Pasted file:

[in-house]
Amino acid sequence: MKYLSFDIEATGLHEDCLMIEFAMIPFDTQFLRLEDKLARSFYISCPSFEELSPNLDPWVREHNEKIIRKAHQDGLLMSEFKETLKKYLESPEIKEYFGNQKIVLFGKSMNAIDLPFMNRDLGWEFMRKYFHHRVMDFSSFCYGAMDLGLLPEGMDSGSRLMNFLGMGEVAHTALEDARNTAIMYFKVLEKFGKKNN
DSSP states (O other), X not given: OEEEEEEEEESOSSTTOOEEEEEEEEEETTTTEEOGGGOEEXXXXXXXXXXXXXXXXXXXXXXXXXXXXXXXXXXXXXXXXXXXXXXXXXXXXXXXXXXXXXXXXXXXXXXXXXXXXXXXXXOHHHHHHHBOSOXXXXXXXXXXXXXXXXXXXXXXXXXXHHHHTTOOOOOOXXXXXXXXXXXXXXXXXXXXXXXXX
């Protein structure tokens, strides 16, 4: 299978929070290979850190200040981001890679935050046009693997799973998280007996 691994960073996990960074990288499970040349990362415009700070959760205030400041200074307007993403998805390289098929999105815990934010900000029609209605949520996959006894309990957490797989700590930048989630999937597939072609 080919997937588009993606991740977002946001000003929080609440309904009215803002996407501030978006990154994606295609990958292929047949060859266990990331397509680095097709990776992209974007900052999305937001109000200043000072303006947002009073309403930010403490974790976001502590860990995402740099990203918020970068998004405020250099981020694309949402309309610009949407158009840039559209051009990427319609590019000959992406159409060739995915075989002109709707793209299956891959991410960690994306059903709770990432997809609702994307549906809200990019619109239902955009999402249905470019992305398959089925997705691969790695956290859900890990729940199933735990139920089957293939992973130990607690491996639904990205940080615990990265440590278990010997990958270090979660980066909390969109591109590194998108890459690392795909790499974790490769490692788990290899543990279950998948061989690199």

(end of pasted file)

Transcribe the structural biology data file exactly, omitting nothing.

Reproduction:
[in-house]
Amino acid sequence: MKYLSFDIEATGLHEDCLMIEFAMIPFDTQFLRLEDKLARSFYISCPSFEELSPNLDPWVREHNEKIIRKAHQDGLLMSEFKETLKKYLESPEIKEYFGNQKIVLFGKSMNAIDLPFMNRDLGWEFMRKYFHHRVMDFSSFCYGAMDLGLLPEGMDSGSRLMNFLGMGEVAHTALEDARNTAIMYFKVLEKFGKKNN
DSSP states (O other), X not given: OEEEEEEEEESOSSTTOOEEEEEEEEEETTTTEEOGGGOEEXXXXXXXXXXXXXXXXXXXXXXXXXXXXXXXXXXXXXXXXXXXXXXXXXXXXXXXXXXXXXXXXXXXXXXXXXXXXXXXXXOHHHHHHHBOSOXXXXXXXXXXXXXXXXXXXXXXXXXXHHHHTTOOOOOOXXXXXXXXXXXXXXXXXXXXXXXXX
């Protein structure tokens, strides 16, 4: 299978929070290979850190200040981001890679935050046009693997799973998280007996 691994960073996990960074990288499970040349990362415009700070959760205030400041200074307007993403998805390289098929999105815990934010900000029609209605949520996959006894309990957490797989700590930048989630999937597939072609 080919997937588009993606991740977002946001000003929080609440309904009215803002996407501030978006990154994606295609990958292929047949060859266990990331397509680095097709990776992209974007900052999305937001109000200043000072303006947002009073309403930010403490974790976001502590860990995402740099990203918020970068998004405020250099981020694309949402309309610009949407158009840039559209051009990427319609590019000959992406159409060739995915075989002109709707793209299956891959991410960690994306059903709770990432997809609702994307549906809200990019619109239902955009999402249905470019992305398959089925997705691969790695956290859900890990729940199933735990139920089957293939992973130990607690491996639904990205940080615990990265440590278990010997990958270090979660980066909390969109591109590194998108890459690392795909790499974790490769490692788990290899543990279950998948061989690199």